Convocation aims to build on personal relationships that have been forged through years spent together at study, work, sport and fun at the University and then beyond.
After nearly two years as Warden of Convocation and with another coming before stepping down after elections are completed for 2020 it is timely to reflect on the role of Convocation, its members and our Council. Your election voting papers have been issued and are due for return now. Please ensure you vote now for your Deputy Warden, Councillors, and Senate representatives, with the ballot closing on March 12th, 2019.
When speaking to the new graduates at last December’s graduation ceremonies, a catching reference was to the well over 150,000 graduates who preceded those I welcomed as new members to Convocation at each graduation. We have many members, almost all of whom are graduates of UWA and have shared time at the Nedlands campus with their many student friends and colleagues.
Within the University’s 2030 planning process the greatest challenge thrown to Convocation is to help ensure the experience of present students is as good as it can be. Quite obviously most graduates are no longer at UWA, but many are nearby and well positioned to help do just that.
That friendship and collegiality we all took from our time at UWA should be one of the University’s greatest assets for those who follow.
UWA’s Alumni Relations page suggests over 93,000 UWA alumni live in Western Australia, with most of these being graduates. Convocation mails nearly 87,000 voting papers to its members for the current election, with about 15,500 of those overseas. Canberra is home for more than 1,000 alumni, Victoria nearly 4,000, Queensland nearly 1,500 and Tasmania about 350. Singapore has nearly 8,000, London about 1,500 and New York about 200.While our graduates and members are a global lot, most remain close to home, and they are potentially able to support a better experience for current students.
In Perth and WA both Convocation and the Office of Development and Alumni Relations (DAR) work to connect with Convocation’s members, although the University’s pool of contacts could be wider. DAR is well staffed and very active. Convocation is supported by our Convocation Officer and the voluntary contribution of Councillors and other members.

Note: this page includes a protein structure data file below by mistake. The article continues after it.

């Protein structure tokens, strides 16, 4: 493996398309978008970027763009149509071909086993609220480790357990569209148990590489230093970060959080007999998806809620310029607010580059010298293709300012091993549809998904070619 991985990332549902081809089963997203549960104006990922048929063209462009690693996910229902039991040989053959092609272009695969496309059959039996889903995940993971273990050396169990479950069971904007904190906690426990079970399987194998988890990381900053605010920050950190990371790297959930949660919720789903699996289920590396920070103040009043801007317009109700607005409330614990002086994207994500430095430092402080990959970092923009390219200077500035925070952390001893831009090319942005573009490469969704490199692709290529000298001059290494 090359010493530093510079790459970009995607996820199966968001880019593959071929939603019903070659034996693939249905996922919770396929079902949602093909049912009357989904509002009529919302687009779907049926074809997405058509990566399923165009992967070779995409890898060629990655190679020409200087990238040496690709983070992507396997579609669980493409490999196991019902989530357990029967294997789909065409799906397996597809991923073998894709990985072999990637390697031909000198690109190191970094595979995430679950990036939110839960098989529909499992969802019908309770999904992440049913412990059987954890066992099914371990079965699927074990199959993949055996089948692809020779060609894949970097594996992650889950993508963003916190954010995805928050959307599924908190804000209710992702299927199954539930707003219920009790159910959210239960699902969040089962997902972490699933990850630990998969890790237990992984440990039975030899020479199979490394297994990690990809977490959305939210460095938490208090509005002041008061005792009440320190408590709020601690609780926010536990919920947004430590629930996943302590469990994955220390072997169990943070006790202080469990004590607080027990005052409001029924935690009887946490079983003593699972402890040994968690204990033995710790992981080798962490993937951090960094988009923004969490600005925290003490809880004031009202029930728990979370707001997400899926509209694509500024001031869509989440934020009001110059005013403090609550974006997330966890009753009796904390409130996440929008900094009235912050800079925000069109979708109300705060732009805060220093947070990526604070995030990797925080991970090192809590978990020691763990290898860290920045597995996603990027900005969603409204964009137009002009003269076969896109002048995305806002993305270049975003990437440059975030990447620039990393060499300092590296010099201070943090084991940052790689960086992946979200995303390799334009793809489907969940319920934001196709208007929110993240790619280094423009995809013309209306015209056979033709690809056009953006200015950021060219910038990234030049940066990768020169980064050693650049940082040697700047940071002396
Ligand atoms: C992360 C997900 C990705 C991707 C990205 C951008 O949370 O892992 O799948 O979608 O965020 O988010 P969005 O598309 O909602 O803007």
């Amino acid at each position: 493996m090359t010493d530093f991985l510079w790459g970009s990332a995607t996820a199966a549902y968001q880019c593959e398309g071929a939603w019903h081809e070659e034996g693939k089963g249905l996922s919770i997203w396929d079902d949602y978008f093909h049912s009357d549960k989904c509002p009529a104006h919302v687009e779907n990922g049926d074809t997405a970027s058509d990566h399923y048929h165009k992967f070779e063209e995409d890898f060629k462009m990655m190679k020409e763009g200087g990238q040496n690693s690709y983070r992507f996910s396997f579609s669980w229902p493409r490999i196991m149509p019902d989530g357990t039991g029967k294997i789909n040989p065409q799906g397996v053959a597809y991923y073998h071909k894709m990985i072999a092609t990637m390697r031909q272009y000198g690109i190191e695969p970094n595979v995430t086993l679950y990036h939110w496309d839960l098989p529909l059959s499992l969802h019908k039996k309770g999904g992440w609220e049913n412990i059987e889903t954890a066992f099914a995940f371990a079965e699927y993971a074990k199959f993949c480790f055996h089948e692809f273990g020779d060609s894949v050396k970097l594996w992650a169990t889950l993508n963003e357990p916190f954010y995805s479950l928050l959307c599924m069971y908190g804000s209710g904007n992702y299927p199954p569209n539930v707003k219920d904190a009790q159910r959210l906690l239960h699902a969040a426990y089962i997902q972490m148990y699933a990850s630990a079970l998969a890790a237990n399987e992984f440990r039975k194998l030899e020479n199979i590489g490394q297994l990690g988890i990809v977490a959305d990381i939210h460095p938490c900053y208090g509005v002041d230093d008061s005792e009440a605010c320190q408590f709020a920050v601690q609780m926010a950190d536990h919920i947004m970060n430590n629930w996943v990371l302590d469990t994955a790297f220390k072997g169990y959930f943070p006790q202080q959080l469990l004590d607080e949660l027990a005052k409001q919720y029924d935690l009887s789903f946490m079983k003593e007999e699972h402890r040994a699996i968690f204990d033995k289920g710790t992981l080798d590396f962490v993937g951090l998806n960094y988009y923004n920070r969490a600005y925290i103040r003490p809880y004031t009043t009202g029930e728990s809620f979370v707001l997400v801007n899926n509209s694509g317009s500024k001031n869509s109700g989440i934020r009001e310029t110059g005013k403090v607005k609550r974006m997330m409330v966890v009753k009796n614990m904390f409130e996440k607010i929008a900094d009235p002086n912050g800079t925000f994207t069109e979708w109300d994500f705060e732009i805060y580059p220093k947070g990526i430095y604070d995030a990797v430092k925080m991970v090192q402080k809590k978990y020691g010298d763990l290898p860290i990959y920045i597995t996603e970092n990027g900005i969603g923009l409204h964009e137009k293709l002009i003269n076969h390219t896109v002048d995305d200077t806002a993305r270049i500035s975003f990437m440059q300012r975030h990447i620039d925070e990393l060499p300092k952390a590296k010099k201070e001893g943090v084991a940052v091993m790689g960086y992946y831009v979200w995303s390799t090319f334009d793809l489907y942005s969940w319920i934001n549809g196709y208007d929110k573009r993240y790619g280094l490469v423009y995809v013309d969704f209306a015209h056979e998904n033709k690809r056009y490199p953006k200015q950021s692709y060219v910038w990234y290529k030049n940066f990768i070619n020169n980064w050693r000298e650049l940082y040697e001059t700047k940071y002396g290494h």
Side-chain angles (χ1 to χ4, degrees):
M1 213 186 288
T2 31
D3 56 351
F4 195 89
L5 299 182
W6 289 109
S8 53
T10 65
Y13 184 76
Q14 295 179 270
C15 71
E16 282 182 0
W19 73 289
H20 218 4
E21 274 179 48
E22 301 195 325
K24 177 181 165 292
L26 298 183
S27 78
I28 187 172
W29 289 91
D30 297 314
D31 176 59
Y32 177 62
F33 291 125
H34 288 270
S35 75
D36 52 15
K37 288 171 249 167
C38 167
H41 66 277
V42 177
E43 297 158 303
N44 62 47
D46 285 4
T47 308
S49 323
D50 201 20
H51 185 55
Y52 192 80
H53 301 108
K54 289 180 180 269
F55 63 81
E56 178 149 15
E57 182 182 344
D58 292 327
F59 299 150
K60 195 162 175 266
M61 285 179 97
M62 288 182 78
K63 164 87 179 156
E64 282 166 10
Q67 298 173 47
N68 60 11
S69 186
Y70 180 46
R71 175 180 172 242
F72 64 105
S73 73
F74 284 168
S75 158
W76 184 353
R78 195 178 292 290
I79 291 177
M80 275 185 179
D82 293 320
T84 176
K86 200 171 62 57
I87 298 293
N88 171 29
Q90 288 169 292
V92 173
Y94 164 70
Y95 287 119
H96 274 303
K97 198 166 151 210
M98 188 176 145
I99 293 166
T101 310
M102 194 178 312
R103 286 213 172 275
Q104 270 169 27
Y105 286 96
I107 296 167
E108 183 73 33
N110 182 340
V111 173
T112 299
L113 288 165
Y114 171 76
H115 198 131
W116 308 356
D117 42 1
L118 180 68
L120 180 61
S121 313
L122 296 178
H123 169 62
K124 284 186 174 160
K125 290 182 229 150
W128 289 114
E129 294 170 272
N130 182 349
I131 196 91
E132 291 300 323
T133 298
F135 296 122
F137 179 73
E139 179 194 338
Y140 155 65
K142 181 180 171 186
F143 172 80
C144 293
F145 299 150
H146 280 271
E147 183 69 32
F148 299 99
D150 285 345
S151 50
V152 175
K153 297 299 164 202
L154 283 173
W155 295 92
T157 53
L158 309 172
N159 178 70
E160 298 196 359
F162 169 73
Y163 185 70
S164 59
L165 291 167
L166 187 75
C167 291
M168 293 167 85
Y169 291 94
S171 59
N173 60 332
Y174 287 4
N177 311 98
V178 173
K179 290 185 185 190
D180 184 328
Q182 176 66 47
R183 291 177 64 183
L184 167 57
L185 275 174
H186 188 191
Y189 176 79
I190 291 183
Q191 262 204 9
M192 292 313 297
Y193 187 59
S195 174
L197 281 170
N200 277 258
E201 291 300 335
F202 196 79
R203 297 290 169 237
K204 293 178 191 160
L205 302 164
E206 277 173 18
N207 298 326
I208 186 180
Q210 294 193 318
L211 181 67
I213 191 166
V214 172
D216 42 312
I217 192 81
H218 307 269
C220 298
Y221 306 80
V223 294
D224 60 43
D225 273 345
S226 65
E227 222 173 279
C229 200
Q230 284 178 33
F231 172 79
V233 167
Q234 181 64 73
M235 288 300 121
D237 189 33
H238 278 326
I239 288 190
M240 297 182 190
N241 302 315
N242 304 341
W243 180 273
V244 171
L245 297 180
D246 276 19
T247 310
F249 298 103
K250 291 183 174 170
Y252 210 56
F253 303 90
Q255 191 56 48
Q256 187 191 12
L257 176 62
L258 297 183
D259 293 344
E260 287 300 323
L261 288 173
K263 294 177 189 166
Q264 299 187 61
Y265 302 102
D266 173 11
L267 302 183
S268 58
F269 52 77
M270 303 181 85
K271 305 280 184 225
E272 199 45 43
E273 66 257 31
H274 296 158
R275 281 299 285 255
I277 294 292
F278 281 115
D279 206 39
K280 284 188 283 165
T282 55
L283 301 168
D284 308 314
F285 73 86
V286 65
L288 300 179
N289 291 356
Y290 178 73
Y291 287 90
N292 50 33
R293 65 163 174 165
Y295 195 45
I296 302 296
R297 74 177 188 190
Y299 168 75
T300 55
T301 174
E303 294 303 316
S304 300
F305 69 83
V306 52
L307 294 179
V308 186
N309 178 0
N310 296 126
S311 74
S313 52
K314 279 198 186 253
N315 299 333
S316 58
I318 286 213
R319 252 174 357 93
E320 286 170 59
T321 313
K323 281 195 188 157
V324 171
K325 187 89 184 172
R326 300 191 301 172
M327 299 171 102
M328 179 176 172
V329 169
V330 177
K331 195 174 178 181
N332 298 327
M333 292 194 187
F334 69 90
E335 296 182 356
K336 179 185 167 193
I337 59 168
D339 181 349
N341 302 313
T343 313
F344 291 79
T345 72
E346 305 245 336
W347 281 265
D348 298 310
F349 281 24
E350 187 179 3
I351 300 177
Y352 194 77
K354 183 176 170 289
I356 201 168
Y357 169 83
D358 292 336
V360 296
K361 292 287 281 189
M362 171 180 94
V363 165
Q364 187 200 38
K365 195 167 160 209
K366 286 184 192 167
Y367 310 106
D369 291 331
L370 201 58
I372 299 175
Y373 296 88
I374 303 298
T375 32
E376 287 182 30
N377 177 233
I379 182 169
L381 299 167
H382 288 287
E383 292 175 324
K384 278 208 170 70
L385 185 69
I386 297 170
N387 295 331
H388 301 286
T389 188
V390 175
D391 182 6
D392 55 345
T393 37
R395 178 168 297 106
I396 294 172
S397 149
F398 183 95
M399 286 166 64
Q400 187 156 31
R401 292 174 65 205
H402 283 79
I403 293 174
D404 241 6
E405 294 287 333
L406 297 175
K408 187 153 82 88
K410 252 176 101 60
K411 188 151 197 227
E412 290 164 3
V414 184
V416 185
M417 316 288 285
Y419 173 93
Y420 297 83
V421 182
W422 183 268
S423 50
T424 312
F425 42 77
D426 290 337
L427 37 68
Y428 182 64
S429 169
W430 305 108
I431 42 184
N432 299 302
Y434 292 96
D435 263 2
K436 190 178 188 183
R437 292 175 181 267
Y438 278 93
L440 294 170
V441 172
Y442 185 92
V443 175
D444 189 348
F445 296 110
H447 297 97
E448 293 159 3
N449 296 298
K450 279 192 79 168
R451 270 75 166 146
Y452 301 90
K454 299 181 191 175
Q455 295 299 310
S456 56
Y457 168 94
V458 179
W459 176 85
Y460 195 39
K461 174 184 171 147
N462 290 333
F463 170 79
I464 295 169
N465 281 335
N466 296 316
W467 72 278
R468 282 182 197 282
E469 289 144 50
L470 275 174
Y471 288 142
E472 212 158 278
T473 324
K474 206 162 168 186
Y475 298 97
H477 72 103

Convocation aims to build on personal relationships that have been forged through years spent together at study, work, sport and fun at the University and then beyond. Many enduring UWA clubs and societies have a wider capture than overseas networks and they are readily available.
With Convocation Council involved in the review of its statutes following the recent revision of the University Act it became obvious that expert support would help. The powerful personal graduate network delivered two expert legal minds as voluntary support to Council.
That very network of friends, family, teammates and colleagues includes well connected business leaders and trainers, who are able to enable opportunities for our present students, building on the old links.
In 2019 Convocation will lead a challenge to the various networks to give opportunity to our current students, as mentors, sources of work integrated learning and future employment for our graduates. Students may also benefit from graduate friendship and pastoral care as they work through their studies. I’m sure that many of us are willing and able to help.
All we need is the friendly request. That is coming, so pitch in to make it better for UWA’s current students. I’m sure they will be grateful as they look to further their own potential and careers.
Warden of Convocation
- The membership of Convocation comprises all 130,000 graduates of UWA
- As a community and network of graduates, Convocation forms the electorate for elections of members to the UWA Senate and the Council of Convocation
- Further information on Convocation is available at www.convocation.uwa.edu.au